Page 6

DVD Player

PLASMA Screen VCR - S-Video YUV / YPbPr

Digital TV




RGB to Plasma VGA

Figure 9. Use of an RGB to Plasma VGA unit to interface Digital TV to a plasma screen. Example 2: In this example, there are two differences to our previous example. First, our DVD player has RGB SCART and no component video output. Secondly, the PC monitor input is exclusively being used for a computer. As in the previous example, the video recorder will go in via the S-Video input. However, we now have two RGB sources, the DVD player and digital TV. The solution to integrating the two sources is to employ the Master SCART Controller. This then gives one output connection even though there are two sources. More importantly, picture quality is maintained. An example where the Master input is in operation is shown in Figure 10. The Master source would be the DVD player, automatically taking priority and being passed though the Master SCART Controller. This is then converted to Component (YUV) video for display on the plasma screen. To be able to display the Secondary input, which would be Digital TV, simply switch off the DVD player.


Master SCART Controller RGB









VCR - S-Video


Figure 10. Component video conversion and connection to a plasma screen from a digital TV source.

Plasma Screen Interfacing. © J. S. Technology 2004.

Page 7

Conclusion. Care should be taken to ensure that the right connection scheme is selected for the source equipment to obtain the best from that source. Plasma screens were originally intended to be used a computer monitors, and therefore typically are not supplied with SCART connectors or similar interfaces. Some video equipment can be directly connected to the screen via composite or component video, but for others an interface or converter should be utilised to obtain optimal picture quality. RGB video interfacing presents a challenge to the plasma screen home-cinema, but not one which can not be overcome. While some screens do offer RGB inputs, this is often at the expense of connectivity. A better solution is to use an interface such as the RGB to Plasma VGA to allow RGB to be connected to the PC monitor or VGA input. This input is not normally used within a home-cinema, therefore does not sacrifice connectivity but enhances it. Care, however, should be noted as not all plasma screens are compatible with RGB, even via such an interface and for those cases conversion to component video should be considered. RGB can be converted to component YUV/ Y, Pb, Pr video for direct connection to the screen, or if supported, via an A/V amplifier. While component video conversion is a complex process, when performed correctly will give similar results to RGB. Component video is essential with many video scalars as it this is the highest quality input supported. For projectors too, often component is the premier input. This document has described connecting three devices to the plasma screen, a DVD player, digital set-top box, and a VCR. VCRs typically can go directly to the plasma screen either via S-Video or composite to their respective input. Some DVD players, especially those with progressive scanning output, will require a component video connection which most plasma screens will provide. For those screens where inputs are limited, the Master SCART Controller can add an extra high quality input to an existing SCART connection scheme.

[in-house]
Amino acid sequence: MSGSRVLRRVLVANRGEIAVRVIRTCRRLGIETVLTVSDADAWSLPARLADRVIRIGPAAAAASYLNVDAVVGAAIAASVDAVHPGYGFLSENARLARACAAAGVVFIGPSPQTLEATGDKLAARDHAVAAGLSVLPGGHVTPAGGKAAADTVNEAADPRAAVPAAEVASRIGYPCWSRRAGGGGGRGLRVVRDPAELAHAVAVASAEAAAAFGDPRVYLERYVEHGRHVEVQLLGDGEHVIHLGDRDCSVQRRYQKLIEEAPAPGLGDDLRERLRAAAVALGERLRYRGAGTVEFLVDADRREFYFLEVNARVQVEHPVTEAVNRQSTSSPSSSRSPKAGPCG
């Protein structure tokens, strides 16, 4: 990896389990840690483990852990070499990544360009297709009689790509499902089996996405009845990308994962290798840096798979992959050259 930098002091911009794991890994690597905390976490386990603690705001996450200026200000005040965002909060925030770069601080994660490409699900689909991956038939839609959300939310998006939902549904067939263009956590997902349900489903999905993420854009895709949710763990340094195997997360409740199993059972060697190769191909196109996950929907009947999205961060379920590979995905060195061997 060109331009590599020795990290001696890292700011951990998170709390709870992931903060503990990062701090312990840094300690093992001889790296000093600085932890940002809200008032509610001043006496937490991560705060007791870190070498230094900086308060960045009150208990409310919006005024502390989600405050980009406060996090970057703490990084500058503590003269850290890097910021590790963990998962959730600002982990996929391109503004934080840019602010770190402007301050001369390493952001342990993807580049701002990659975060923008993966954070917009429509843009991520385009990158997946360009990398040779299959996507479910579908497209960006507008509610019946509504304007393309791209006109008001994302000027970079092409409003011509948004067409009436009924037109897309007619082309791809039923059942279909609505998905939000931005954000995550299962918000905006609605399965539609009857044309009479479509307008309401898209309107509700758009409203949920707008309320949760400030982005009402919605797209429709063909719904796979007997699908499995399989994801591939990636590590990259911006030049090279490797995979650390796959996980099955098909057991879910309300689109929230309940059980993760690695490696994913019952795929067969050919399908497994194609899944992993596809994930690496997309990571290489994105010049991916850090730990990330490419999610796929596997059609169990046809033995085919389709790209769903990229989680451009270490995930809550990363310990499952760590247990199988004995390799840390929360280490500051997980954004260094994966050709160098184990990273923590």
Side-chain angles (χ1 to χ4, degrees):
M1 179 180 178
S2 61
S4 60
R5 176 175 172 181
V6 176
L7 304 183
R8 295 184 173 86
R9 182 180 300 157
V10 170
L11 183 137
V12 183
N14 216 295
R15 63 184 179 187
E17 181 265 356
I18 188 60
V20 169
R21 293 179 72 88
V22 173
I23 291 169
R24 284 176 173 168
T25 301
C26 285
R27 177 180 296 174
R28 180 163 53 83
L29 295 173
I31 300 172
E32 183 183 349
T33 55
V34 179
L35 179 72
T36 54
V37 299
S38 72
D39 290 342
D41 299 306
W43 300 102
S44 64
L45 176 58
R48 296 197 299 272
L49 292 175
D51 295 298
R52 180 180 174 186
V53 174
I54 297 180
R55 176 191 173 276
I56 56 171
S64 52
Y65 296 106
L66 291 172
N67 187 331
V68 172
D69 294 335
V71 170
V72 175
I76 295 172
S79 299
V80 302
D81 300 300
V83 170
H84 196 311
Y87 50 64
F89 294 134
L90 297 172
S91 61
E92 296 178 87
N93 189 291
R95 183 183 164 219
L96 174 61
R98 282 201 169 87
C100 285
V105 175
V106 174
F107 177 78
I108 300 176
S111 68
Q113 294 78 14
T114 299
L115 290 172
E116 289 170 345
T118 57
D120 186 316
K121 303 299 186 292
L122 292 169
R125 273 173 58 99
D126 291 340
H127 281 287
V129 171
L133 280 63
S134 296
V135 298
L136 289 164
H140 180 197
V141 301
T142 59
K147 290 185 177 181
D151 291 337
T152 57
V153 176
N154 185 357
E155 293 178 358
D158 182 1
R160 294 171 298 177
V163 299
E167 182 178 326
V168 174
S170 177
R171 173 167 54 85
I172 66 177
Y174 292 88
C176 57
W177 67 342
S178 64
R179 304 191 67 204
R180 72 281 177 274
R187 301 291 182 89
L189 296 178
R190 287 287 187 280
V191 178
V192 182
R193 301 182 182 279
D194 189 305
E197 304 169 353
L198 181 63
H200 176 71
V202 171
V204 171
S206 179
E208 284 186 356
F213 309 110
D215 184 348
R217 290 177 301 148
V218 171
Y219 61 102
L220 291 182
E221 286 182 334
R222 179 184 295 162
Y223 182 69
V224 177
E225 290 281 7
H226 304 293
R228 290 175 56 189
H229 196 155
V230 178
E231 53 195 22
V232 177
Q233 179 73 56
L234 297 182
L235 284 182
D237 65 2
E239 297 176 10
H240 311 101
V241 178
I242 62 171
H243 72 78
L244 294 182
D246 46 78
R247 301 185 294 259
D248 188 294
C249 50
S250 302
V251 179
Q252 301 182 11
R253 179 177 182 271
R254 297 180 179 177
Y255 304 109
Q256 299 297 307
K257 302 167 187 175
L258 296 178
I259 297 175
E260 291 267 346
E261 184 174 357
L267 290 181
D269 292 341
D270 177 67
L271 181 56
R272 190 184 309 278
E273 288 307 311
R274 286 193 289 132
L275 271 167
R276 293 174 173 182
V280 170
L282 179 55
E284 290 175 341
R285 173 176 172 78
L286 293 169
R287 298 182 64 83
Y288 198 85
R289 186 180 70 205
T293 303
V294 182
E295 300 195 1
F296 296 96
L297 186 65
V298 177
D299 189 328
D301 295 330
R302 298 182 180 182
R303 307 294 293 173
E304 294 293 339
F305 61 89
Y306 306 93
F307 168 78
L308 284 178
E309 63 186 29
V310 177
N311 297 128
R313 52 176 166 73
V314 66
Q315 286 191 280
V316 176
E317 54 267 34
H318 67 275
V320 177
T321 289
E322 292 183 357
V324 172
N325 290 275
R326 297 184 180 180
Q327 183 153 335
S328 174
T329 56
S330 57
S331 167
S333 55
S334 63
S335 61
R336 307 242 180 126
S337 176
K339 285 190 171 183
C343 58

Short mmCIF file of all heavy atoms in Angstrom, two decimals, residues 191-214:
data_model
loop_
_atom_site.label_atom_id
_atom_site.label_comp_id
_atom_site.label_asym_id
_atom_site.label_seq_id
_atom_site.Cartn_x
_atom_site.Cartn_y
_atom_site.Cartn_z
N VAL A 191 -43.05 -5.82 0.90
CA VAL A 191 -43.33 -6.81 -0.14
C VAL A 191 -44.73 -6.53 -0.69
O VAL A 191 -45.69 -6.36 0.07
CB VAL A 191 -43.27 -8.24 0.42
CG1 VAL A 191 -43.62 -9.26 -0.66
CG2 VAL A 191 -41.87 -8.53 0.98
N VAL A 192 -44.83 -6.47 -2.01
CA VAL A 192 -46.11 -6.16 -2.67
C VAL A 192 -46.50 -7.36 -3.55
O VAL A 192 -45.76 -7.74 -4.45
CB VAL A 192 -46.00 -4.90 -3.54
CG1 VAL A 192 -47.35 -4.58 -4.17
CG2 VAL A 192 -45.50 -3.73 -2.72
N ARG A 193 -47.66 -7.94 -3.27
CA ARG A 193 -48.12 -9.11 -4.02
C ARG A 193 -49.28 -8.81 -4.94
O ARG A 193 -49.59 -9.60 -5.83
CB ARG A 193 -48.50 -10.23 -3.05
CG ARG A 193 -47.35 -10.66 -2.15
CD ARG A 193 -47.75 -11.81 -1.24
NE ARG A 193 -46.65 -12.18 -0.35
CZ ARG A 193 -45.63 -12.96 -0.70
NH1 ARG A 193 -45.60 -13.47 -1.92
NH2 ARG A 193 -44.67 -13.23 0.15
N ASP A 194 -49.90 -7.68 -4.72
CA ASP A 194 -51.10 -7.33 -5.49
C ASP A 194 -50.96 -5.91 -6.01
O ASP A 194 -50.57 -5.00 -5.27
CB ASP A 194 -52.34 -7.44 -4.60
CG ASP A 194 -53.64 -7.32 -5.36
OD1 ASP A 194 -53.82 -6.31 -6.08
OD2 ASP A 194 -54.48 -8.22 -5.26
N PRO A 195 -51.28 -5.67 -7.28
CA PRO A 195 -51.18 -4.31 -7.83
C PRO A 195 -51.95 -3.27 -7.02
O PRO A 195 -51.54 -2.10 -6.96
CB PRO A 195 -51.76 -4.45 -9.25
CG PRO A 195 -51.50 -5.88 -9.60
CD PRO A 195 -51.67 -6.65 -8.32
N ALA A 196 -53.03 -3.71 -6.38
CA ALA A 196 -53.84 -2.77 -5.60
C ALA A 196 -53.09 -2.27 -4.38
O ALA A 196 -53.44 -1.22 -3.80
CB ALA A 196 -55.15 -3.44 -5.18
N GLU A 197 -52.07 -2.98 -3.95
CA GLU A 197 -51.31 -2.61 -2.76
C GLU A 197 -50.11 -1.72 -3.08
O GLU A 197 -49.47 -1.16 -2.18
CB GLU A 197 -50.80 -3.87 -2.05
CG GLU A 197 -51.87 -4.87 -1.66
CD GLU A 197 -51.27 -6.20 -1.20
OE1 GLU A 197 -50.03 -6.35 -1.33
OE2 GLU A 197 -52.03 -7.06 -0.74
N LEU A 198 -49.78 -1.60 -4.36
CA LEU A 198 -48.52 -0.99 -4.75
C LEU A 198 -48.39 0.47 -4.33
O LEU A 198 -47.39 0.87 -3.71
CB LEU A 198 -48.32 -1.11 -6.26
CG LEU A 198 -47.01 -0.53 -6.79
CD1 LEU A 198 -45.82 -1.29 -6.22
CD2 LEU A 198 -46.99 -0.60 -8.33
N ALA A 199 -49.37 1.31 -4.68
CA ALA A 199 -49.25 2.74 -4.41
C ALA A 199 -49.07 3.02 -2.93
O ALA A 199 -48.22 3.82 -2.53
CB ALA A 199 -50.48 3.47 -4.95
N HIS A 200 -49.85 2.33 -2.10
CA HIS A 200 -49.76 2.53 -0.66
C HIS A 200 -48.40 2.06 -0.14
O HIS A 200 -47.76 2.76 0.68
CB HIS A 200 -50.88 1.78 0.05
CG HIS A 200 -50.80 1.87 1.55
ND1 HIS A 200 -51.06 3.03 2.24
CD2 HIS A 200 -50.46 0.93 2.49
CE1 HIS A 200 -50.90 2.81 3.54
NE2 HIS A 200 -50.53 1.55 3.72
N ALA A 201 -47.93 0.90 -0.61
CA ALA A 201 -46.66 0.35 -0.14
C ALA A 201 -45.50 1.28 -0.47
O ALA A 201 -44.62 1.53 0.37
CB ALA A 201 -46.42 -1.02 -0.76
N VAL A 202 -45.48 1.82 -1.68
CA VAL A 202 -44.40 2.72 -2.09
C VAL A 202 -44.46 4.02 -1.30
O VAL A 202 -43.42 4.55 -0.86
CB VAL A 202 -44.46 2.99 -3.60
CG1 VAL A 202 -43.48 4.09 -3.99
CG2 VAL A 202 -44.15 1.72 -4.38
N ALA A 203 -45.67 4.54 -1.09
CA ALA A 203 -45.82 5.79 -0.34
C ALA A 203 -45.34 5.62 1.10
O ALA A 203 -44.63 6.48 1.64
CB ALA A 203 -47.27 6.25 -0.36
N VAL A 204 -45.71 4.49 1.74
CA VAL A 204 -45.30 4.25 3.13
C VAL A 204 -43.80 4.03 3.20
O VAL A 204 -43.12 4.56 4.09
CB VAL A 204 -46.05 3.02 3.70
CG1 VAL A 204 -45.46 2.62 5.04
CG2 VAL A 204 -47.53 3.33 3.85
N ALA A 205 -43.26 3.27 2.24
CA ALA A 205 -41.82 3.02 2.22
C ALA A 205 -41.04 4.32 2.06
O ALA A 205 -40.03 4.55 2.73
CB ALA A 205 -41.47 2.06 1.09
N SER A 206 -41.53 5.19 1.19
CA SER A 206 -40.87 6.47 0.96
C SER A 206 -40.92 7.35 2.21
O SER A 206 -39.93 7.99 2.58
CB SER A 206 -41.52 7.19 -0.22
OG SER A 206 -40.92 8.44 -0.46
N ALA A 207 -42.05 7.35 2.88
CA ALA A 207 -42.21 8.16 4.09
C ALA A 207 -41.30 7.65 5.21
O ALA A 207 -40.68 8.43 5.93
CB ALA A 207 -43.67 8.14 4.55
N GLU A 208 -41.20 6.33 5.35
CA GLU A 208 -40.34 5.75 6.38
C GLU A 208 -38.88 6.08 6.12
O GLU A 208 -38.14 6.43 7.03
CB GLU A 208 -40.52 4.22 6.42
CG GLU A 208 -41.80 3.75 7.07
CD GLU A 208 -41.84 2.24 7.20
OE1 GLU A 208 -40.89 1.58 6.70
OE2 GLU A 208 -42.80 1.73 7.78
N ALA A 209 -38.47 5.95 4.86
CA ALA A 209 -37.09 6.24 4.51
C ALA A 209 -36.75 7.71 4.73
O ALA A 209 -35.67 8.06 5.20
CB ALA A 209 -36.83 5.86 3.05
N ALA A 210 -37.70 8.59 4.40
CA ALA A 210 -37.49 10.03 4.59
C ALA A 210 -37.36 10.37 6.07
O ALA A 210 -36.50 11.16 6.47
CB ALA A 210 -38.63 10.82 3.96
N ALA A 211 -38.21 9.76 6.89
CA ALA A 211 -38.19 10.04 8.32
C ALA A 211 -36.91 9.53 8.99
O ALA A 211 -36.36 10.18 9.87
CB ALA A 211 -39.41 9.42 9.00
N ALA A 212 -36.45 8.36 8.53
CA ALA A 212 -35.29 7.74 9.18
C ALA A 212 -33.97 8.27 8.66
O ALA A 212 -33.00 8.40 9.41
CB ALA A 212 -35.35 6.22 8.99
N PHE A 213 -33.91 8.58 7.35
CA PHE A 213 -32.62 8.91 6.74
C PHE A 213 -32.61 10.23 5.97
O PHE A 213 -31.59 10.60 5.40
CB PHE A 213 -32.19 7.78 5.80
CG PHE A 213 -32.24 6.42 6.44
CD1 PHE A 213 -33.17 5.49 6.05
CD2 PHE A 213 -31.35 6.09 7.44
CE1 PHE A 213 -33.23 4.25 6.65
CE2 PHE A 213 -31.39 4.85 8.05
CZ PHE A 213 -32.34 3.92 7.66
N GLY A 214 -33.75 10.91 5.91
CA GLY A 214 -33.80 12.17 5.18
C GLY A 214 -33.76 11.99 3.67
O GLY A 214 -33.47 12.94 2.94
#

References: [BBC, 1998] “The SCART Interface.” BBC Scotland North – Engineering Information. [E-P Rebel] “Scart Connector.” Eric-Paul Rebel, [Sim, J. 2004] “Video Signals.” Dr John Sim, J.S. Technology, 2004.

Version: Release Date: Author:

1.20 3/2004. Dr John Sim

J.S. Technology can not be held responsible for any loss, damage, or injury arising from use of this information. All information is believed to be accurate. If in any doubt, check before attempting any electronics work.

Plasma Screen Interfacing. © J. S. Technology 2004.

J. S. Technology. APL Centre, Stevenston Ind. Est., Steveston. Ayrshire. KA20 3LR United Kingdom. Page 8